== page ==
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Kansans define rural prosperity

Aug 26, 2019

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Kansas Gov. Laura Kelly’s new Office of Rural Prosperity Listening Tour recently made its 12th and final stop for the summer in Dodge City. Lt. Gov. Lynn Rogers kicked off the Aug. 7 public listening tour session at Boot Hill Casino and Resort Conference Center, where community residents from Dodge City and surrounding towns shared what prosperity means to them, what efforts have been successful in southwest Kansas and what improvements they believe are still needed.

The listening tour grew out of the state rural prosperity team’s desire to give agriculture, rural Kansas and small towns a seat at the table. Rural Kansans previously shared they felt Topeka just didn’t listen to them, and Rogers said he and the governor took that message to heart.

“What we’re doing there is making sure that we take into consideration with every policy and procedure that we do—and hopefully, laws that the legislature passes—how does it impact rural Kansas and small town Kansas?” Rogers said while addressing the Dodge City group.

Rogers traveled with Secretary of Wildlife, Parks and Tourism Brad Loveless and other state staff to southwest Kansas as part of the tour. They visited Spearville and Jetmore and met with agricultural producers and community leaders in Dodge City before the public listening session.

“We’ve gotten a good flavor for what’s going on here,” Rogers said.

As his team has traveled around Kansas this summer, their focus was on “seven key elements that we thought were instrumental in making sure that rural Kansas had prosperity.” Those elements include:

1. Developing rural housing;

2. Revitalizing Main Street corridors;

3. Investing in rural infrastructure;

4. Supporting rural hospitals and medical professional recruitment;

5. Making state government work for rural Kansas;

6. Incentivizing active tourism; and

7. Supporting agribusiness.

What is rural prosperity?

After opening remarks from Rogers, listening session attendees split into groups to share what was happening in their communities. The groups answered the following questions:

  • What is prosperity? How do you define it?
  • What are we doing right in rural Kansas? What are the highlights?
  • What’s standing in your way? What could be done differently—locally, statewide, or nationwide?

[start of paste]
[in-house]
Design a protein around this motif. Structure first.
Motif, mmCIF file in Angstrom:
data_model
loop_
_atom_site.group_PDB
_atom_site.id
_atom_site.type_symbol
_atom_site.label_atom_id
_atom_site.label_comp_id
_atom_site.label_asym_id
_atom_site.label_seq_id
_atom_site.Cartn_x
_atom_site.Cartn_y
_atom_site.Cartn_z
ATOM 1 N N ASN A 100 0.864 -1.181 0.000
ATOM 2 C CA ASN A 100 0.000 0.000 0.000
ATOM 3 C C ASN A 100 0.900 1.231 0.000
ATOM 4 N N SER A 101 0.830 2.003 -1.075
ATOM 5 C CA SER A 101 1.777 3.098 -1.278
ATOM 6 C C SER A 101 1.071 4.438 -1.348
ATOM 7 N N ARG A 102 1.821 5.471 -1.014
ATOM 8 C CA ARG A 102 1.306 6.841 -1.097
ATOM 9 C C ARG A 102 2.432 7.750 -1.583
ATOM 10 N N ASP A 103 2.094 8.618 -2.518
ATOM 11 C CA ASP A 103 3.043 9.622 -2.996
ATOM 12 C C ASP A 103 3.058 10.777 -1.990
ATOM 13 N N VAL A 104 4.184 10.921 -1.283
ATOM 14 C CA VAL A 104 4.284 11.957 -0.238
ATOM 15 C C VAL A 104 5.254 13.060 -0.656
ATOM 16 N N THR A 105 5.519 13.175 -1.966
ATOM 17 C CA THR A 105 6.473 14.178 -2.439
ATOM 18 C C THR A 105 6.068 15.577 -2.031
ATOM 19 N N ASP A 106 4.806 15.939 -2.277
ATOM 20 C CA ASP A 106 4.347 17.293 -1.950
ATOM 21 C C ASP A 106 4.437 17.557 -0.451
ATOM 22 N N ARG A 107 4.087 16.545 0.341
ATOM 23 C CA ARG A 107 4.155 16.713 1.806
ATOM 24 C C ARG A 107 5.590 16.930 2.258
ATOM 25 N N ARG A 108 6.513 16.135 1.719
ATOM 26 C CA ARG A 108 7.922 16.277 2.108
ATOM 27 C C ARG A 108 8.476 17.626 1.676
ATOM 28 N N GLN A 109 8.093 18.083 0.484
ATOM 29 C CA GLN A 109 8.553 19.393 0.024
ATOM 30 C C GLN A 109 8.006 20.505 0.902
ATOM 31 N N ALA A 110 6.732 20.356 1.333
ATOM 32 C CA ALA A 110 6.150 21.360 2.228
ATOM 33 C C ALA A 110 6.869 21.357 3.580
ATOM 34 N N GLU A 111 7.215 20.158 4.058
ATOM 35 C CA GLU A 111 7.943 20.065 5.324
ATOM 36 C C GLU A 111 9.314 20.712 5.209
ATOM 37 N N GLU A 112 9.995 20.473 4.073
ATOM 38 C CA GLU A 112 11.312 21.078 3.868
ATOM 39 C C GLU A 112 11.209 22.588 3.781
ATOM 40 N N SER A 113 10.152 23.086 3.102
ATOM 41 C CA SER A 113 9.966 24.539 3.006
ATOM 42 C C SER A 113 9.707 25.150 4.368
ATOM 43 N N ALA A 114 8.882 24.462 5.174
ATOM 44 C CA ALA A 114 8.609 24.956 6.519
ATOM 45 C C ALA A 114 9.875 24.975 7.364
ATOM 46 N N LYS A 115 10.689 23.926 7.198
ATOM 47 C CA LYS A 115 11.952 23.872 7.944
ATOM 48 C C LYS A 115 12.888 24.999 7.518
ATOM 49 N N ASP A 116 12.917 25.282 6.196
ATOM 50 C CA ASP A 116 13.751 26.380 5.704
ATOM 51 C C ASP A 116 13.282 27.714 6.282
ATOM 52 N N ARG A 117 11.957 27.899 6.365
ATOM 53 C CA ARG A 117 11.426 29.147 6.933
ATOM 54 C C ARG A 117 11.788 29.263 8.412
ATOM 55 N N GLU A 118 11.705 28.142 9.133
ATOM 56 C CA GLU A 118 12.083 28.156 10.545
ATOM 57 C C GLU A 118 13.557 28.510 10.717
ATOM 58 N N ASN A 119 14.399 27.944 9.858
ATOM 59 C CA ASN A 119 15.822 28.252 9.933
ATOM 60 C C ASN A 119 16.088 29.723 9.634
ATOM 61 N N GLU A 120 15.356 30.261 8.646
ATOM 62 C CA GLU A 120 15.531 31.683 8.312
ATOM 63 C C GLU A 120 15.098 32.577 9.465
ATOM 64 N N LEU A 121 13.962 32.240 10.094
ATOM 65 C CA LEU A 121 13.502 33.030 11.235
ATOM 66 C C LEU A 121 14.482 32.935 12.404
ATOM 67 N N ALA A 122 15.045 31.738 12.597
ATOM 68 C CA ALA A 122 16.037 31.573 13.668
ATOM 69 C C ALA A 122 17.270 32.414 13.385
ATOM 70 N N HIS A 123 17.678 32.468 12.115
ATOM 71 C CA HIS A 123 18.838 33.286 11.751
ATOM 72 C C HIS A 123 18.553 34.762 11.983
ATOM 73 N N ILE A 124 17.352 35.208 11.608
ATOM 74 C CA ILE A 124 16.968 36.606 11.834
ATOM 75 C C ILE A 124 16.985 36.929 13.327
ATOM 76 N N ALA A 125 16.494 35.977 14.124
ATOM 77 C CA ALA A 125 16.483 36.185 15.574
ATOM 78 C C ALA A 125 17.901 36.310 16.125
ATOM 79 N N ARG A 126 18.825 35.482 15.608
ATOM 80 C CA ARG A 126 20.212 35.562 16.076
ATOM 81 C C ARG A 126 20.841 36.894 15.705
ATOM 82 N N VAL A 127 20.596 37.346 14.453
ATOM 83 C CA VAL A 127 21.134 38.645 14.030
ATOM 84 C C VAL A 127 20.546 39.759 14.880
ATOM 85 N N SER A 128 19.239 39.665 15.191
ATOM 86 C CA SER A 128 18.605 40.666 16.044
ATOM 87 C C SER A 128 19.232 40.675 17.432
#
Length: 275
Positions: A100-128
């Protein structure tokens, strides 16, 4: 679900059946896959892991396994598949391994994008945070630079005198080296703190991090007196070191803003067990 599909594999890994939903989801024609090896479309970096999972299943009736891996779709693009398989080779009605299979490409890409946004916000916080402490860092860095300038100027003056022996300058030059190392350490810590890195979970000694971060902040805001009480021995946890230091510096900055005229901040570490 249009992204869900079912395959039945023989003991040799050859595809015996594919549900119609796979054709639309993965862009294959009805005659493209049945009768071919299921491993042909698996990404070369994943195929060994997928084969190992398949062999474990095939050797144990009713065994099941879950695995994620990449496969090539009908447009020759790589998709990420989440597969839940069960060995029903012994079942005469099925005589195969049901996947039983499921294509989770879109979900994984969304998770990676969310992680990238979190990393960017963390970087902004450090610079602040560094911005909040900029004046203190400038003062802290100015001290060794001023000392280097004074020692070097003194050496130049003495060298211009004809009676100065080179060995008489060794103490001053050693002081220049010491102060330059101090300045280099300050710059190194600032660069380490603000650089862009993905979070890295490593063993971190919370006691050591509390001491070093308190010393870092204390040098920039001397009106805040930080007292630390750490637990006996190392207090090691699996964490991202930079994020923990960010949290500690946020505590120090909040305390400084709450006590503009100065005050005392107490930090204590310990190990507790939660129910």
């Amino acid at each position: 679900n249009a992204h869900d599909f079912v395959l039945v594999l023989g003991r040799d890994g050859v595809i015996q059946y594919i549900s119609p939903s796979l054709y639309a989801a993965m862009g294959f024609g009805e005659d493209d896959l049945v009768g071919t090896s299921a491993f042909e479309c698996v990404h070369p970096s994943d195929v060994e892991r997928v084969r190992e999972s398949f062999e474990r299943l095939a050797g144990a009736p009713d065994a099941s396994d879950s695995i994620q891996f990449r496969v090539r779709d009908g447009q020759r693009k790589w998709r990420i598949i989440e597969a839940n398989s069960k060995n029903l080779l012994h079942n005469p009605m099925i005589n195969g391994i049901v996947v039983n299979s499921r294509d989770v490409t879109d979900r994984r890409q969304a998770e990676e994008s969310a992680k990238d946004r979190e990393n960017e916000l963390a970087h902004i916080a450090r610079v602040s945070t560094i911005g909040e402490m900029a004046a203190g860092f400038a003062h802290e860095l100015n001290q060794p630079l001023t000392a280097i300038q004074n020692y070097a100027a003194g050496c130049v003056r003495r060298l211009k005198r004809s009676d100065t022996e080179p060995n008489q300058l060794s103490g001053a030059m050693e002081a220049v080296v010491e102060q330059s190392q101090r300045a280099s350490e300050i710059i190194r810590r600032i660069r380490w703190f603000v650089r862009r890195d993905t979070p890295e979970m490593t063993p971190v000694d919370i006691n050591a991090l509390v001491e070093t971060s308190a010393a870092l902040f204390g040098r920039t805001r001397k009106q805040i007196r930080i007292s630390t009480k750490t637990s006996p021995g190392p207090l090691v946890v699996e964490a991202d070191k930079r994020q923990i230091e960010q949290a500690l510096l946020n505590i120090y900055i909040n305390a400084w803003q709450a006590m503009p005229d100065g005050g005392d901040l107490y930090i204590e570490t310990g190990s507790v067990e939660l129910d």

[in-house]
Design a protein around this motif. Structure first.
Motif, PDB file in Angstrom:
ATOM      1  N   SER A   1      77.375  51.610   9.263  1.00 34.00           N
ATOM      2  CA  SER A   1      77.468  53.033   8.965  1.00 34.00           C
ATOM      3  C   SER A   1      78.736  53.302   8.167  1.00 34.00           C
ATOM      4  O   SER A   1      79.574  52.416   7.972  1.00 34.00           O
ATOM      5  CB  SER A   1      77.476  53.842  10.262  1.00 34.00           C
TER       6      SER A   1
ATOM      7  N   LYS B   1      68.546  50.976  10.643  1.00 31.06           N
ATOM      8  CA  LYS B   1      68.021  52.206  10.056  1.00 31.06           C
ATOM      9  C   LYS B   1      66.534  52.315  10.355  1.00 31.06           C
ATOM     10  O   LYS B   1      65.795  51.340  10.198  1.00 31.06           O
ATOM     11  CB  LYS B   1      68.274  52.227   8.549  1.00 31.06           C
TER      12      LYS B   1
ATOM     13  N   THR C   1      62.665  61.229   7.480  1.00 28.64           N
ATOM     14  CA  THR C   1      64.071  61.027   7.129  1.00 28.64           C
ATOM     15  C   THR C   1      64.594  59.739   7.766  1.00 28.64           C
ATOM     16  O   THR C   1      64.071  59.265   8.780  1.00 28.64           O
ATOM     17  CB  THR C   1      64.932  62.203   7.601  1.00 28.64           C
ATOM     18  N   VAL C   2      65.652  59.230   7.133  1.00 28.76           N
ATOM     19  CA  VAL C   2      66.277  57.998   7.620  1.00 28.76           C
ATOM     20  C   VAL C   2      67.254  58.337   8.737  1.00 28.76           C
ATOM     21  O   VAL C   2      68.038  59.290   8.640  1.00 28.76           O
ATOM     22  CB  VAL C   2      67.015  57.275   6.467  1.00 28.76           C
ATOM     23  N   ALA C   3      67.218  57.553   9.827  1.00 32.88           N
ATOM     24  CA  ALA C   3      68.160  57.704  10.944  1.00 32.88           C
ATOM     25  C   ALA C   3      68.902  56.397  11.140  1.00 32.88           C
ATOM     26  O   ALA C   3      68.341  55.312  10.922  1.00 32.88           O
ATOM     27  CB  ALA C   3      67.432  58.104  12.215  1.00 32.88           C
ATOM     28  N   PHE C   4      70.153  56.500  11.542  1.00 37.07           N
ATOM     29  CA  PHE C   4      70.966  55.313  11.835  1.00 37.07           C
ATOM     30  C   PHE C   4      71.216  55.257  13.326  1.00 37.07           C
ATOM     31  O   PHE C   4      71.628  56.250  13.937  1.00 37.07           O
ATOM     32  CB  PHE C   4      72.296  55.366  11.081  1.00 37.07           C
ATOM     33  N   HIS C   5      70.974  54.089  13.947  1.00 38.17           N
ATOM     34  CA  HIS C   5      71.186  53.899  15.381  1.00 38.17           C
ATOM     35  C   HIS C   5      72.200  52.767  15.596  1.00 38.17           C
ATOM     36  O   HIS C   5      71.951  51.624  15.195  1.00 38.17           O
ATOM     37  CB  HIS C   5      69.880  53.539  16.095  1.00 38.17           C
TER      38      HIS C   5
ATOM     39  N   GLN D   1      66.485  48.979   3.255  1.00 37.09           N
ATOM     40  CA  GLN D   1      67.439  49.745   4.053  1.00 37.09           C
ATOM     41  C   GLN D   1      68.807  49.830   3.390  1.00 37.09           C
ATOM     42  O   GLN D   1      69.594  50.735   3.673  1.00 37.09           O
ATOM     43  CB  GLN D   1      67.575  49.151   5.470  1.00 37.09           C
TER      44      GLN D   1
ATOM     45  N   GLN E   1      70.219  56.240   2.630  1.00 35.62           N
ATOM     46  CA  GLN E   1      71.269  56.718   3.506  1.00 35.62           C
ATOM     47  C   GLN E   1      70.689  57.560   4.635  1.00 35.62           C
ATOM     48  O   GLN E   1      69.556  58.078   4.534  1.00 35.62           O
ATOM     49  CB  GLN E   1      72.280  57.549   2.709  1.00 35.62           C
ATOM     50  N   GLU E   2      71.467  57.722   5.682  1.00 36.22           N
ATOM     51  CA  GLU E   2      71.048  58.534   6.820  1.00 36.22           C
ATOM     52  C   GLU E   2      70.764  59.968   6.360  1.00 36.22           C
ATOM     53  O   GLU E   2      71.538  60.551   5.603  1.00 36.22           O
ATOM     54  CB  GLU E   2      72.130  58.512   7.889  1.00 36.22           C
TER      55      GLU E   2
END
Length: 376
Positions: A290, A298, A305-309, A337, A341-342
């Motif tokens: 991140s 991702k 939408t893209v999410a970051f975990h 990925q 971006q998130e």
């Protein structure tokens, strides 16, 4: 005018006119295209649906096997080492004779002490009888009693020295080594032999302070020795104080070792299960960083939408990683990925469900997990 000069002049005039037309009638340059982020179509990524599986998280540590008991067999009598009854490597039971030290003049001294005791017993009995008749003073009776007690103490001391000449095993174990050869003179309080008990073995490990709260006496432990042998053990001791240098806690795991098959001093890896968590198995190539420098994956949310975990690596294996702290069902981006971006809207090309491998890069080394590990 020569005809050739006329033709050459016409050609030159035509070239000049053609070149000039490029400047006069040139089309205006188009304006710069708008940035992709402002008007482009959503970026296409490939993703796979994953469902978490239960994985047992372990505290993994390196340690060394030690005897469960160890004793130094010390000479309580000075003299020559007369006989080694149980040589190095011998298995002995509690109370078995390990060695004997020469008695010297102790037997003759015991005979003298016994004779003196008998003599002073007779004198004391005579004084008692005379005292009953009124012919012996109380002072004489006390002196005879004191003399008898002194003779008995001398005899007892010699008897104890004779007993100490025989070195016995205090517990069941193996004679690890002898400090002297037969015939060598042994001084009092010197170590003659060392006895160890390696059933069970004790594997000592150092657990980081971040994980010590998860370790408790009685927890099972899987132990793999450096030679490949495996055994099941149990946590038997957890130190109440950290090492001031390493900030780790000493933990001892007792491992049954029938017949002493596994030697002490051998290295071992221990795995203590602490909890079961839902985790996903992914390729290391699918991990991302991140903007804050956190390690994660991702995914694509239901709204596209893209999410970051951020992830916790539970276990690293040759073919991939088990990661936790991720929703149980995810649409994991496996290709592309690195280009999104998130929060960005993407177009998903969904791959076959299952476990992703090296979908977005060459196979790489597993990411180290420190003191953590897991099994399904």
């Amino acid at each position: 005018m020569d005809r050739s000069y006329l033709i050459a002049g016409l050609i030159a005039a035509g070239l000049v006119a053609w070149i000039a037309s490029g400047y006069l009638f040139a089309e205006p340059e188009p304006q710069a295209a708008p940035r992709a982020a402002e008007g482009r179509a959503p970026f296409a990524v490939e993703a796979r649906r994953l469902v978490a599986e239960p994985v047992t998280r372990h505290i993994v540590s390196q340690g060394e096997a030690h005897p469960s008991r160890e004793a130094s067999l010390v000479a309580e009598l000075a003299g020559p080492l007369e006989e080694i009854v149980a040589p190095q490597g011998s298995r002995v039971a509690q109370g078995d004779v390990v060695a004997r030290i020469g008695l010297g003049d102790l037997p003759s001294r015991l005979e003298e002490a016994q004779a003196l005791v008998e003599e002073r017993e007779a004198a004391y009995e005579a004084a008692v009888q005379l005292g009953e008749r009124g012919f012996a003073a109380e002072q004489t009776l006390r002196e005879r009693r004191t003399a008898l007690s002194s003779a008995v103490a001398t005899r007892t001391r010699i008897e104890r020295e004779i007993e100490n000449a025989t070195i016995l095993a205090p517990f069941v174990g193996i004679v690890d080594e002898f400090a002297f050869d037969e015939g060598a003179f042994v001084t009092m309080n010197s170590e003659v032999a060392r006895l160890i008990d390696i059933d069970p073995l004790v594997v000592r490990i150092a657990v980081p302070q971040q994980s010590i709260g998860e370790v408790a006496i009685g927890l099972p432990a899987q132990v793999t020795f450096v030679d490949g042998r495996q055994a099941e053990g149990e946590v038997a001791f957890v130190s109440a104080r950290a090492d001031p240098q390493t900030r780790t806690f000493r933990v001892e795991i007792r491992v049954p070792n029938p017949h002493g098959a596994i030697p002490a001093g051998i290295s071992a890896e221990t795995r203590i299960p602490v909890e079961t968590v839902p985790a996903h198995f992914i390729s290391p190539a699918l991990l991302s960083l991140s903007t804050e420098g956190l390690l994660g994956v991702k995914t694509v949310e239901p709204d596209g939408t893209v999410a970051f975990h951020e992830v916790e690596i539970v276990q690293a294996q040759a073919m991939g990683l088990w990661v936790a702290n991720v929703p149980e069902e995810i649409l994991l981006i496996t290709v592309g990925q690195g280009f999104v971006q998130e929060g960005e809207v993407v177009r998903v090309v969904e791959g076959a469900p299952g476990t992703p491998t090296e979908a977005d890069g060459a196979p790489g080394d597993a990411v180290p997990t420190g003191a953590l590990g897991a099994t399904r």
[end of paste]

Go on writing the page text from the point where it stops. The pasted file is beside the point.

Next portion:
After talking about their communities’ successes and challenges in breakout groups, participants shared the highlights of their discussions with the entire group and Rogers. Community members praised Garden City’s thriving Main Street and economic development, tourist initiatives in Dodge City, and the southwest Kansas area’s commitment to renewable energy.

One participant’s comments about the need for U.S. Highway 50 to be expanded to four lanes drew applause from the audience. Other areas of concern noted by community members were teacher and doctor shortages, the need for more affordable housing, a lack of minority leaders in the area to better reflect the population, and the need for a four-year university option in southwest Kansas.

Kali Barnett, a Garden City Democrat who recently announced her candidacy to challenge Rep. Roger Marshall for the Big First congressional seat, attended the Dodge City listening session. She reported her breakout group’s answers to the lieutenant governor’s questions, stressing the importance of education and childcare options to a rural community’s prosperity.

“Do we have early childhood education options for families so they can go to work and they have a place for childcare?” she said.

Next steps

A press release from the governor’s office stated Office of Rural Prosperity has been approved for a $2 million allocation in the fiscal year 2020 budget.

Feedback from all of the rural prosperity tours will be compiled, and the team will share those reports with the governor. They will also offer recommendations for action steps that state legislators can take.

Rogers urges interested Kansans who were unable to attend one of the listening tour sessions to visit and share their ideas about expanding opportunities in their rural communities.

Shauna Rumbaugh can be reached at 620-227-1805 or [email protected].

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